Every now and again, we like to highlight a piece of technology or solution featured in Cumulus Linux that we find especially useful. Priority Flow Control (PFC) and Explicit Congestion Notification (ECN) are exactly such things. In short, these technologies allow you to converge networks and save money. By supporting lossless or near lossless Ethernet, you can now run applications such as RDMA over Converged Ethernet (RoCE) or RoCEv2 over your current data center infrastructure. In this post, we’ll concentrate on the end-to-end solution for RoCEv2, ECN, and how it can help you optimize your network. We will cover PFC in a future post.
What is explicit congestion notification?
ECN is a mechanism supported by Cumulus Linux that helps provide end-to-end lossless communication between two endpoints over an IP routed network. Normally, protocols like TCP use dropped packets to indicate congestion, which then tells the sender to “slow down’. Explicit congestion notification uses this same concept, but instead of dropping packets after the queues are completely full, it notifies the receiving host that there was some congestion before the queues are completely full, thereby avoiding dropping traffic. It uses the IP layer (ECN bits in the IP TOS header) to communicate to the receiving host if congestion was experienced in the path. It is then up to the receiver to notify the sending host to “slow down” to avoid losing traffic. It is important to note that as long as queue space is available, packets will always be forwarded and never dropped – ECN only indicates congestion to the endpoints.
ECN must first be enabled on a flow, as ECN flows and non-ECN flows can co-reside throughout a network. Following the ECN standard, TCP is used between hosts to negotiate the capability as depicted below.
Here’s how it works. If the sender requires the flow to be lossless and wants to use ECN, it will start the 3-way handshake process with the receiver. It initiates a ECN desired connection by setting the ECE and CWR bits in the TCP Header during the SYN packet. The receiver sends the ECE bit set with the typical SYN ACK and then the sending host responds with the ACK. Now, both ends are ready to use ECN.
Every switch within the path must be configured to enable ECN Capable Transport (ECT) on any or all queues. This is how the switch knows to watch the buffer of that queue and could mark the packets if congestion is experienced. If a packet enters a non-ECT queue, it is never considered for ECN. Of course, which queue a flow enters is configurable based on the packet’s DSCP bits. If ECN is desired, The sending host sets ECT codepoint (ECN bits are 01 or 10) on a transmitted packet. Now the packet enters a switch running Cumulus Linux:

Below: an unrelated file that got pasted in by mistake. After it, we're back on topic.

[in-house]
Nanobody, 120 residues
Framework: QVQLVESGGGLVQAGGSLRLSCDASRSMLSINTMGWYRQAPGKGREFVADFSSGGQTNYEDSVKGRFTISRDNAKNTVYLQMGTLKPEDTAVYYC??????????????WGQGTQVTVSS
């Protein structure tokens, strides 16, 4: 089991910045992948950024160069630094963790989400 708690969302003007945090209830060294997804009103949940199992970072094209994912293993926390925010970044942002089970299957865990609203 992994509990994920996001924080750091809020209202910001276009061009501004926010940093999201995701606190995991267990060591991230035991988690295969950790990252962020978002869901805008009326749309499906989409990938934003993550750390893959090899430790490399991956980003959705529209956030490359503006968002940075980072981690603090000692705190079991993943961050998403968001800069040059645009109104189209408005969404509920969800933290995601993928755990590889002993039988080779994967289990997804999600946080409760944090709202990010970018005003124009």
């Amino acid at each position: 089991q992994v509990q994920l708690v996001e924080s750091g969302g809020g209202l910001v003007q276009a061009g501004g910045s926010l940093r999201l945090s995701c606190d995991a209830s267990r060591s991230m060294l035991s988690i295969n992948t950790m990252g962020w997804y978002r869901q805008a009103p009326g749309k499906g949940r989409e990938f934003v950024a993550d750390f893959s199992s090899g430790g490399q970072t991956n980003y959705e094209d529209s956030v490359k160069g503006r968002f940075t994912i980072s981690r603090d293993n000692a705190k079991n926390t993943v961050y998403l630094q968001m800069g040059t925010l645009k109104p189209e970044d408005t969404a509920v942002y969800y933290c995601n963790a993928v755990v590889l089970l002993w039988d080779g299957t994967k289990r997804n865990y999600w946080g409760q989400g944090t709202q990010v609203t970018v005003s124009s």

- If the packet is directed towards a ECT enabled queue and there is no congestion, the packet is forwarded as normal
- If the packet is directed towards a ECT enable queue and there IS average congestion over a pre-specified threshold (based on configurable limits), the switch will re-write the ECN field of a certain probability of those packets with “11”, indicating Congestion Experienced.
- If there is no congestion from end to end, or the packet enters a non-ECT enabled queue, everything happens normally and the ECN bits are never changed.
Below depicts the action when a ECT enabled packet enters a congested ECT enabled- queue
The end hosts are responsible for informing the sending host to back off if congestion was experienced. This can be done in a variety of ways depending on the application.
What about RoCEv2 again?
To reiterate, explicit congestion notification makes IP networking accessible for even more applications, even those sensitive to loss. Customers like ECN (and other technologies like PFC) because it allows them to converge their networks into one, reducing cost and adding simplicity.
For example, in the past, Infiniband applications often required a separate Infiniband network. Customers using these applications worried about making the jump into using IP networks to serve the same traffic. RoCEv2 allows the Infiniband payload to run on top of UDP/IP, thus converging two historically separate networks, but it requires nearly lossless data transfer. ECN provides the near lossless data transfer requirement. However, since RoCEv2 uses UDP (instead of TCP) it relies on the Infiniband (IB) Transport Protocol over UDP to notify the sender of the congestion. This behavior is depicted below.
How do you deploy explicit congestion notification?
If ECN sounds like a good fit for your network, we recommend getting started with the simple configuration steps. It’s coming soon to NCLU, but if you’re hoping to get started immediately, it is very straightforward in traditional Linux. Only one file ( /etc/cumulus/datapath/traffic.conf) will need to be edited and one process (switchd) restarted to get rocking and rolling. More information is found in the user guide.
If you would like to learn more about Cumulus Linux, here are two ways you can get started, based on your current Linux comfortability level.
- Working on the Linux basics? If you need help taking your Cumulus Linux skills to the next level, we recommend a Cumulus Networks bootcamp for personalized training based on your needs. You’ll learn everything you need to know about Cumulus Linux configurations.
- Need help with specific topics? Sign up for one of our upcoming webinars or view past webinars on demand.
- Looking for some 1-on-1 assistance? Our knowledgeable sales engineers would be happy to walk you through any questions you may have about Cumulus Linux configurations. Contact your account representative to get started.